IEEE 754 encodes 32-bit floating points with 1 bit for the sign, 8 bits for the exponent, and 23 bits for the number part (mantissa). For the specific case of NaN (e.g. the result of dividing 0 by 0, or the square root of a negative number), the spec encodes this as
11111111 in the exponent. The sign and the mantissa can be anything, and the spec suggests this can be used for "diagnostic information". One/some of these bits is/are commonly used to indicate a quiet NaN (qNaN) which could be expected vs. a signaling NaN (sNaN) which could be unexpected and should trigger an halting exception. This behavior is however sometimes different on different hardware.
23 bits isn't much space, but conveniently the max size of a Unicode codepoint is 0x10FFFF, making it a 22-bit charset. When you encode your strings in UTF-32, you're only going to be using 22 of those bits, so masking the top portion with the NaN signature makes all of your characters NaNs.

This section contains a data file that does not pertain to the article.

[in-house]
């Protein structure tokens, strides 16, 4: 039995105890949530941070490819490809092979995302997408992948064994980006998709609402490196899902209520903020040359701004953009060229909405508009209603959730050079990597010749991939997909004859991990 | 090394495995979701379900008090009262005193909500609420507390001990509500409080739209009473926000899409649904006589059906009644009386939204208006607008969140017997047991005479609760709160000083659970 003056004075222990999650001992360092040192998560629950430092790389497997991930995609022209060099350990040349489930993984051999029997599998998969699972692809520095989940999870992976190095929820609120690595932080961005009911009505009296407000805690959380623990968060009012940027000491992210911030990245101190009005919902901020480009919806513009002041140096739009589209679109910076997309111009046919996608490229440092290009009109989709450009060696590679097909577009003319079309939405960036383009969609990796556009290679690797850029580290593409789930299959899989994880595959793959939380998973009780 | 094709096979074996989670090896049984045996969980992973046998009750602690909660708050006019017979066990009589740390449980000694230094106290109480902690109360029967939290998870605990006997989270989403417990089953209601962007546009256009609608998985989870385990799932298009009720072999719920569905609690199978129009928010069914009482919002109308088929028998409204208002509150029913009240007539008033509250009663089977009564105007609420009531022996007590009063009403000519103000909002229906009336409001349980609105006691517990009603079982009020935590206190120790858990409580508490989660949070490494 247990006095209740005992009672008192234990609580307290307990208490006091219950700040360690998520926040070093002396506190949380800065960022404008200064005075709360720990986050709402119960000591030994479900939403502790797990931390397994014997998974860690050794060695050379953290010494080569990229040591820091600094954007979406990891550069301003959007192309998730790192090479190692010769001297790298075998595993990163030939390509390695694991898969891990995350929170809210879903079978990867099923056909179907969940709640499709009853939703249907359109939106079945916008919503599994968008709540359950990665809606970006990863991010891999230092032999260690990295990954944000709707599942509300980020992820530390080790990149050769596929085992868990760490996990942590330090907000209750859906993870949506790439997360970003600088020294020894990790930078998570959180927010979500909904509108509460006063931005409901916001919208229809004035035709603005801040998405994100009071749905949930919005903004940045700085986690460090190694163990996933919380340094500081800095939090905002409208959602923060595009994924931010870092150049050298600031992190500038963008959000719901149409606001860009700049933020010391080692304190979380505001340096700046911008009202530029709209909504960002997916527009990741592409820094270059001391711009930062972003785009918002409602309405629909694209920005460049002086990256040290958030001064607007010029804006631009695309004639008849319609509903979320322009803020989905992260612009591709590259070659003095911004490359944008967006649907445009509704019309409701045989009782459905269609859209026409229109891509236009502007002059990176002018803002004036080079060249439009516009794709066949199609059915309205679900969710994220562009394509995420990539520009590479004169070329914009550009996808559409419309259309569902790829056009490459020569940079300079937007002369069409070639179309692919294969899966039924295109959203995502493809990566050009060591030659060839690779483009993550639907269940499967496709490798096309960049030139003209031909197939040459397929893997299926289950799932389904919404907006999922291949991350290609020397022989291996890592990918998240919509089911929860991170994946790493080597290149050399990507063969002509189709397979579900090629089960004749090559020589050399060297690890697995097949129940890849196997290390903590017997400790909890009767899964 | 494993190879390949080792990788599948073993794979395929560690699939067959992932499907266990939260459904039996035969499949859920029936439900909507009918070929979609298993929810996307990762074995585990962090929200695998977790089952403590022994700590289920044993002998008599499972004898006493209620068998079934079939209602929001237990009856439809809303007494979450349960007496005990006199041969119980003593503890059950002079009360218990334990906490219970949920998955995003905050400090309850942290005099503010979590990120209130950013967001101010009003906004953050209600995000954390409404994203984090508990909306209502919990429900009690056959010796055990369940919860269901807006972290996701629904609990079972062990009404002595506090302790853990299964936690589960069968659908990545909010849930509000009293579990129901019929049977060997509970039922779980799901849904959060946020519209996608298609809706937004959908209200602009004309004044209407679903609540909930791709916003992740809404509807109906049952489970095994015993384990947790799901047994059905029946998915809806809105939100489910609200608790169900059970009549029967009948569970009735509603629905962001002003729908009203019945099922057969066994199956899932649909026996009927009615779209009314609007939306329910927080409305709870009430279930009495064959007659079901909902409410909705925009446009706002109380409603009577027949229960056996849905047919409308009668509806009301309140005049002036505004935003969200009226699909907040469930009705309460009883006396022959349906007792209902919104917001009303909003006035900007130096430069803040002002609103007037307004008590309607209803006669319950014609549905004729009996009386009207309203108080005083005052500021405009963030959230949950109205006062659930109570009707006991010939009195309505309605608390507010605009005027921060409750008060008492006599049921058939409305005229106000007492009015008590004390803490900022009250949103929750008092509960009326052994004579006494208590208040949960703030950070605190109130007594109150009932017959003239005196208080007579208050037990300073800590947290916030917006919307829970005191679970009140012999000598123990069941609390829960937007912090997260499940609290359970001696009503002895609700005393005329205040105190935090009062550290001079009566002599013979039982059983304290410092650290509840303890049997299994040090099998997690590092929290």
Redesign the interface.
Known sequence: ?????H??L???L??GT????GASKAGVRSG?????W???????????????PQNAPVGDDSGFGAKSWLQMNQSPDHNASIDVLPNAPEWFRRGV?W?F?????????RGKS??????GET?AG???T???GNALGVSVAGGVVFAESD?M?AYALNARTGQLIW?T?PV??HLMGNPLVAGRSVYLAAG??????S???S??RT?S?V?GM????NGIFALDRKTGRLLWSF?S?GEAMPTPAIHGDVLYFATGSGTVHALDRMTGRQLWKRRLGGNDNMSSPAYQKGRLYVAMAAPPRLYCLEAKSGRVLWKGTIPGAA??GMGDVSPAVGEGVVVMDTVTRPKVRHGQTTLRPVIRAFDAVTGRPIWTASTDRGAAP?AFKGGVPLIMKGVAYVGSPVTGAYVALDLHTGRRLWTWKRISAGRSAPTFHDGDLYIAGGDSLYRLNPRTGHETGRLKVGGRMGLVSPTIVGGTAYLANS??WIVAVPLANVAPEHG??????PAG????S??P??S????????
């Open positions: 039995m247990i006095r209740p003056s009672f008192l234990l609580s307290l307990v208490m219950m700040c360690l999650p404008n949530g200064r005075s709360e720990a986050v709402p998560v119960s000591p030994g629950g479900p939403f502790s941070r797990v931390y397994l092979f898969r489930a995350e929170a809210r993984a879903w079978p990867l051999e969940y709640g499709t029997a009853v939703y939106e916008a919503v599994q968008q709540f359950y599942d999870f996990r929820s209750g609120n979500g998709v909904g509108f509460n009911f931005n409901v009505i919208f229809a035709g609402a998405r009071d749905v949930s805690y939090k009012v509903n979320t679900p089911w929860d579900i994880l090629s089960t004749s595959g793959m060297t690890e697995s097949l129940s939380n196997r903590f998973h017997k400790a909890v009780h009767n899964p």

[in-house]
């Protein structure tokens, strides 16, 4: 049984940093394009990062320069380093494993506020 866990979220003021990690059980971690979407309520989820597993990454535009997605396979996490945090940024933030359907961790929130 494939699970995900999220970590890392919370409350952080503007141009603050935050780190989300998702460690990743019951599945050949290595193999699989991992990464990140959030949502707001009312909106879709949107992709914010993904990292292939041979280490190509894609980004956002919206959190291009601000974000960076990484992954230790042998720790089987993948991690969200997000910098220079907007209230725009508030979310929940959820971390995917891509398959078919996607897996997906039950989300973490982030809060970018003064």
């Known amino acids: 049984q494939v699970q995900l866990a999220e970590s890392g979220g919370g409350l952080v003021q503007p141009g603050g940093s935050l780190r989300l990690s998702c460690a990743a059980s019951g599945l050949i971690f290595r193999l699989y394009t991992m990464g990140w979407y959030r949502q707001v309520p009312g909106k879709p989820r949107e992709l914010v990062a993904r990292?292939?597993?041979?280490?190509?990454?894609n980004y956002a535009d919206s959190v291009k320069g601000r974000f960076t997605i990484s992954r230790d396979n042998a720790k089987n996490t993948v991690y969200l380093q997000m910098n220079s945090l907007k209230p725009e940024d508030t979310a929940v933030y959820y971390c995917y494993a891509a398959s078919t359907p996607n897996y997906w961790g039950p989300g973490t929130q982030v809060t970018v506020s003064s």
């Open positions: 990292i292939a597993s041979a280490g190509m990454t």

npm install --save nanbox
Use the named function
toNaN to wrap your clandestine characters in NaNs, and then
fromNaN to take them back out.
const data = '酷'// => 0x9177const boxed =// => NaNconst unboxed =// => 0x9177
You could use this to encode your string as an array of NaNs. There's also the generic default function
nanbox, which will detect which way you want to go.
const str = '我的氣墊船裝滿了鰻魚'const arr = str// => [ NaN, NaN, NaN, NaN, NaN, NaN, NaN, NaN, NaN, NaN ]String// => '我的氣墊船裝滿了鰻魚'
- Note: Usage does not entail useful.
- Note: Be careful storing or transporting, JSON has no standard way to represent NaN.
- Note: Sea Otters have evolved a pocket of loose skin under each forearm, which they use to store their favorite rock.